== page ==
A new study from GoTo (the webinar folks) finds that the new hybrid work culture is straining IT teams. And this is especially true among smaller businesses. The study also suggests that after a flurry of IT spending during the pandemic, companies are looking to consolidate their tech stacks. And this will be especially true among smaller companies.
The study looked at how the workplace upheaval the pandemic caused has impacted business IT spending and staffing. it also looked at what we can expect as Covid recedes.
GoTo partnered with Frost & Sullivan to conduct the survey during February and March. The survey tapped into 1,000 companies with fewer than 1,000 “knowledge-based employees”. The companies were in the United States, the United Kingdom, Ireland, Australia, Germany, Italy, and India.
The Coming Rationalization
Perhaps the most interesting survey finding involved the coming consolidation of tools. The rush to add technology to adapt to a working model that changed virtually overnight from in-person to remote has led to a bit of an IT spending hangover.
IT budgets skyrocketed over the past two years in response to the shock. In fact, IT budgets increased in 77% of companies in 2021 (vs 2020). By comparison, budgets shrunk in only 4% of responding companies. These are not sustainable increases, particularly for smaller companies. So we can expect SMBs, in particular, to optimize their tech stacks now that life is settling back to normal.
“Two years after quickly adopting tools that made remote work possible, businesses are now evaluating service duplications within these tools and areas in which they can consolidate,” GoTo said in summarizing the survey findings. “The study found that 95% of companies have plans to consolidate their tools in 2022. Many are already in the process of evaluation.”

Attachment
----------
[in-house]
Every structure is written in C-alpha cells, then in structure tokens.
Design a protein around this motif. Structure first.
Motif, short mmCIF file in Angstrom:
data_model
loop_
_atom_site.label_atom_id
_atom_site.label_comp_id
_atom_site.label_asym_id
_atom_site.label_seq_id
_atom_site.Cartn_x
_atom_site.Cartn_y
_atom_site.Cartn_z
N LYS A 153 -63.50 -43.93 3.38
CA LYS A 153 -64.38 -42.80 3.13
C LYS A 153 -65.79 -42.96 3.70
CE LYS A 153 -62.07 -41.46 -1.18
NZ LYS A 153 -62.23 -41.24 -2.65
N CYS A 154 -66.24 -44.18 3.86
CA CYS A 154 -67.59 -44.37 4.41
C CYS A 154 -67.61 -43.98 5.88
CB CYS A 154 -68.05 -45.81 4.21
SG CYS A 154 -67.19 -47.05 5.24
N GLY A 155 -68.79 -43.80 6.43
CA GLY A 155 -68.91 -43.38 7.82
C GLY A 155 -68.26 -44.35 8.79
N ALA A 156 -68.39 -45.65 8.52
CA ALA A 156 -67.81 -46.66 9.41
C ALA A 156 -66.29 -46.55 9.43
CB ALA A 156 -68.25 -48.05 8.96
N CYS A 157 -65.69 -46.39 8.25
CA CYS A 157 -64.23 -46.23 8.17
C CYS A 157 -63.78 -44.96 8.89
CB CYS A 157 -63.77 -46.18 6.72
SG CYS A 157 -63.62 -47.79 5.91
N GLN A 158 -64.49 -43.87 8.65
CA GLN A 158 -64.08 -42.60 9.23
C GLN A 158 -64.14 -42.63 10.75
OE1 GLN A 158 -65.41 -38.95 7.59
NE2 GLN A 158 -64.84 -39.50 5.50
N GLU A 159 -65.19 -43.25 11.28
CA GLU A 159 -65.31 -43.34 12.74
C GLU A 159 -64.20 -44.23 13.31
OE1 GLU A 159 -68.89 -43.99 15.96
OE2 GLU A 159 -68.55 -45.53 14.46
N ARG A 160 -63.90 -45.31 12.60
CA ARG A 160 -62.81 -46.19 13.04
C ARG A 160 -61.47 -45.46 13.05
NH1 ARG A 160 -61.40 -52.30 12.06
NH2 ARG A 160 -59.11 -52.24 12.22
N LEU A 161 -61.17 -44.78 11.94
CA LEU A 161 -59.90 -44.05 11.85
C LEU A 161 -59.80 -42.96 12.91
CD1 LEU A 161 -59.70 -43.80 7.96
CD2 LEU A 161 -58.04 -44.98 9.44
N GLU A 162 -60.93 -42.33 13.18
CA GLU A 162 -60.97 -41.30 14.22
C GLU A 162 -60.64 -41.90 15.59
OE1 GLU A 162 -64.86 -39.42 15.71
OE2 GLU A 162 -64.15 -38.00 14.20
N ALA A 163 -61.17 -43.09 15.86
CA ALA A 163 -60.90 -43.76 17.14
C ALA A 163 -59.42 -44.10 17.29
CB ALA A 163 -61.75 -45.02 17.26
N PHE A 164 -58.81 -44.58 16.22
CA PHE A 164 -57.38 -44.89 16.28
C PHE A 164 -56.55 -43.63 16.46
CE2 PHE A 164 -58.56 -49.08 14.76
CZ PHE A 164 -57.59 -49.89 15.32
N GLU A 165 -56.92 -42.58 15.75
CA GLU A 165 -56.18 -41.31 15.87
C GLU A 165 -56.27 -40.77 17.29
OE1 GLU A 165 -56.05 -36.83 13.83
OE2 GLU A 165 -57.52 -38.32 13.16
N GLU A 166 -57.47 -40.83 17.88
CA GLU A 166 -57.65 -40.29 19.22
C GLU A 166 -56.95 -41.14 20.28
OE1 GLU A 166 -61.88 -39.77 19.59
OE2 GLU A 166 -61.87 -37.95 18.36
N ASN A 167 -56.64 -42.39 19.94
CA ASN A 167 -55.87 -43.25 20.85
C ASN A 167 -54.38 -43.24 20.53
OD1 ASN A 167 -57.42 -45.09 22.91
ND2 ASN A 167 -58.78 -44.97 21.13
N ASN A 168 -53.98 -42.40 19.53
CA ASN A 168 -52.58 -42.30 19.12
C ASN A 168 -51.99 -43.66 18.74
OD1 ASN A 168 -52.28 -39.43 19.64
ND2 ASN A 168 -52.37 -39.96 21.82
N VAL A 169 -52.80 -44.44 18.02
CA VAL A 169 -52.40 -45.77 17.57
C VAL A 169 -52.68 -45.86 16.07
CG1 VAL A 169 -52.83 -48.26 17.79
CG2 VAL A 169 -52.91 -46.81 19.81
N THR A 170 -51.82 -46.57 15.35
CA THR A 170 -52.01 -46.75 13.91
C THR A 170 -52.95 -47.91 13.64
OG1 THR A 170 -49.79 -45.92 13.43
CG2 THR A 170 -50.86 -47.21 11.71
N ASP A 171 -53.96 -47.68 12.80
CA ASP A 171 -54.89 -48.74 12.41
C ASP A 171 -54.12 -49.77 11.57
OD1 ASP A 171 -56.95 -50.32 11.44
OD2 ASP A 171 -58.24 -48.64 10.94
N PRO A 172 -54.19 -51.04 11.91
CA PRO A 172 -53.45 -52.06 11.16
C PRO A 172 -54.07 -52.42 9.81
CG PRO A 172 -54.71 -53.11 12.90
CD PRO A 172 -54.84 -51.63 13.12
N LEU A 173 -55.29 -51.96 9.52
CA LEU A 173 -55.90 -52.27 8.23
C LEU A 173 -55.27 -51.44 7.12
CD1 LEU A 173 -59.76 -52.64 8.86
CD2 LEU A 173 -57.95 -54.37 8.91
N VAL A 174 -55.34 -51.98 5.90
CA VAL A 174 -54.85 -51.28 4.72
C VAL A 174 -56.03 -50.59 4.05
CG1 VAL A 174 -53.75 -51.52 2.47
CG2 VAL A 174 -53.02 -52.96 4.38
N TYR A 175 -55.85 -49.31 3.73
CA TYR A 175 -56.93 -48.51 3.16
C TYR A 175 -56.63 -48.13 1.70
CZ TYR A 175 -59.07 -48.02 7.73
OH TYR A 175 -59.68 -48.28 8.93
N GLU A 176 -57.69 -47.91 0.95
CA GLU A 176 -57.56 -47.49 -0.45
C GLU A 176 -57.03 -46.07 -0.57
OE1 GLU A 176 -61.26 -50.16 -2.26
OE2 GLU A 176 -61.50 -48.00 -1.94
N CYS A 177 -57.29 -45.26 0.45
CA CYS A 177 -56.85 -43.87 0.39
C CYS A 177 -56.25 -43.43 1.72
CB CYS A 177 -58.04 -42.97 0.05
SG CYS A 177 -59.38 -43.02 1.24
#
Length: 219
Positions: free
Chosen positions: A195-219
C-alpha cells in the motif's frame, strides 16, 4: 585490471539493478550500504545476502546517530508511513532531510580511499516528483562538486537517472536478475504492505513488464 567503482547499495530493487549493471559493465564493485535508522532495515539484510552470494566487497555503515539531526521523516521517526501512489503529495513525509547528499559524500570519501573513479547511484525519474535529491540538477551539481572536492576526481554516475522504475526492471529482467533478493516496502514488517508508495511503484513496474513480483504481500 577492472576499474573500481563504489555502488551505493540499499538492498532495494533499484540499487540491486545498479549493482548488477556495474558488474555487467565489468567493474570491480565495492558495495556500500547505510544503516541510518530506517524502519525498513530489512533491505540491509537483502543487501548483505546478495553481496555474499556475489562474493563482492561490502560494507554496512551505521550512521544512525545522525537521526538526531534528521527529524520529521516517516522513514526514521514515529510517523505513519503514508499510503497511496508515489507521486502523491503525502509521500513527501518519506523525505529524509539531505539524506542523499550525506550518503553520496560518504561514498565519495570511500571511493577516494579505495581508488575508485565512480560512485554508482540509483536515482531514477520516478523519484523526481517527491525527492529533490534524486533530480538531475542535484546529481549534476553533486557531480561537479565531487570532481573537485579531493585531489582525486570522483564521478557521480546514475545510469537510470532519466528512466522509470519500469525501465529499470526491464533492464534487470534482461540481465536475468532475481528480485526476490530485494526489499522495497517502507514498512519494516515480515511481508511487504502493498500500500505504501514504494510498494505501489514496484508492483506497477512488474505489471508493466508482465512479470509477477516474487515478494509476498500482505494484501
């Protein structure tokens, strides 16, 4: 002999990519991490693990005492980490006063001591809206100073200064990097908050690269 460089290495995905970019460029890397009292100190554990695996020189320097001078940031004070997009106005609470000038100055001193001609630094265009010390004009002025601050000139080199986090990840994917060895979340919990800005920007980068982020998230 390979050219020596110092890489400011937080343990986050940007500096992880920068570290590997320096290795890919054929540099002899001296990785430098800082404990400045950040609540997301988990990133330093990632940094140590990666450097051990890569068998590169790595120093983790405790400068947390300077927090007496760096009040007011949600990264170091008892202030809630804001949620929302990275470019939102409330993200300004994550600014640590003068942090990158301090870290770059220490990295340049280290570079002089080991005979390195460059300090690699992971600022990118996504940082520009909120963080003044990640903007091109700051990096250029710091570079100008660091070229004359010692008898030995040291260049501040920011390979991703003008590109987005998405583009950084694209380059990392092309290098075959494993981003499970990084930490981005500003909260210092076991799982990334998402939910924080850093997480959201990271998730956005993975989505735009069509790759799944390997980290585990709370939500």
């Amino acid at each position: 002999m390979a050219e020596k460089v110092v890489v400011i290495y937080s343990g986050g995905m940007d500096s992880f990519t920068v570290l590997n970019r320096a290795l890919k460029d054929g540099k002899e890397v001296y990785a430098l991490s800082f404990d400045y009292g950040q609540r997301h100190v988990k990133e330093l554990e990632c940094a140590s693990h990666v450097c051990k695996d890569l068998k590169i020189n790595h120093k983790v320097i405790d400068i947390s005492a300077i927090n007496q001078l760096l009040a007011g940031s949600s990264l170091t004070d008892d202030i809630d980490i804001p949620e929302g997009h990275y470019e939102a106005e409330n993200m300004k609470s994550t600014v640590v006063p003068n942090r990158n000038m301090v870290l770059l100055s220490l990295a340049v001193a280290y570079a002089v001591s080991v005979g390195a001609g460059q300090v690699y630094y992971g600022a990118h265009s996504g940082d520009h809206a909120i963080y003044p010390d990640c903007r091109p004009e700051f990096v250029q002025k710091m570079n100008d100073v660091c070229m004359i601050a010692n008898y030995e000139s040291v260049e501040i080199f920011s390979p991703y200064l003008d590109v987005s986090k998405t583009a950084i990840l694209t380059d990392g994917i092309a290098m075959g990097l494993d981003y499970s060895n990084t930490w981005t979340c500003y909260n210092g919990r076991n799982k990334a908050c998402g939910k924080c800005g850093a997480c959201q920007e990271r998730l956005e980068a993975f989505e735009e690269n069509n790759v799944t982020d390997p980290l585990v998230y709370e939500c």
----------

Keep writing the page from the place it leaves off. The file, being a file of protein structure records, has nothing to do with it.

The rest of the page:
The Markets Respond
While perhaps not for all the same reasons, the markets are sensing this pullback. Of course, stocks have been taking a beating across the board lately. But it’s been a bloodbath among the so-called “pandemic stocks.”
“The share prices of stocks like Teladoc Health (TDOC), Robinhood Markets (HOOD), Zoom Video Communications (ZM), and Peloton Interactive (PTON) have declined 80% or more from their most recent highs,” financial reporter Farran Powell wrote in Forbes last week.
“It’s understandable why investors might be puzzled by the horrendous performance of these formerly high-flying companies that were considered darlings of the market less than two years ago. But these and other popular pandemic growth stocks have run into a perfect storm of market conditions that has completely taken the wind out of their sails.”
Among the conditions she cited was the fact that so many retail traders flooded into the markets. After all, many were bored and armed with stimulus checks they often didn’t need. Many invested in stocks seen as pandemic beneficiaries.
Now that the markets have cooled off, investors are scrutinizing these stocks. Part of that scrutiny involves asking whether the new normal will be as kind to stocks ranging from Peloton to Teladoc. And the mother of all pandemic stocks, Zoom, is also falling back to earth.
“Revenue growth has slowed dramatically from three consecutive quarters above 350% during the early stages of the pandemic to just 21% in the fourth quarter of 2021,” Powell wrote. “Zoom has guided for just 10.7% revenue growth in its current fiscal year.”
Many of these businesses will survive just fine in a hybrid world. Others will falter or get acquired. But it’s clear the days of triple digital quarterly growth are long gone. And if the GoTo survey is right, growth may be even more challenging in the near term for any company selling tools designed to help companies adapt to what we thought the “new normal” would be a year ago.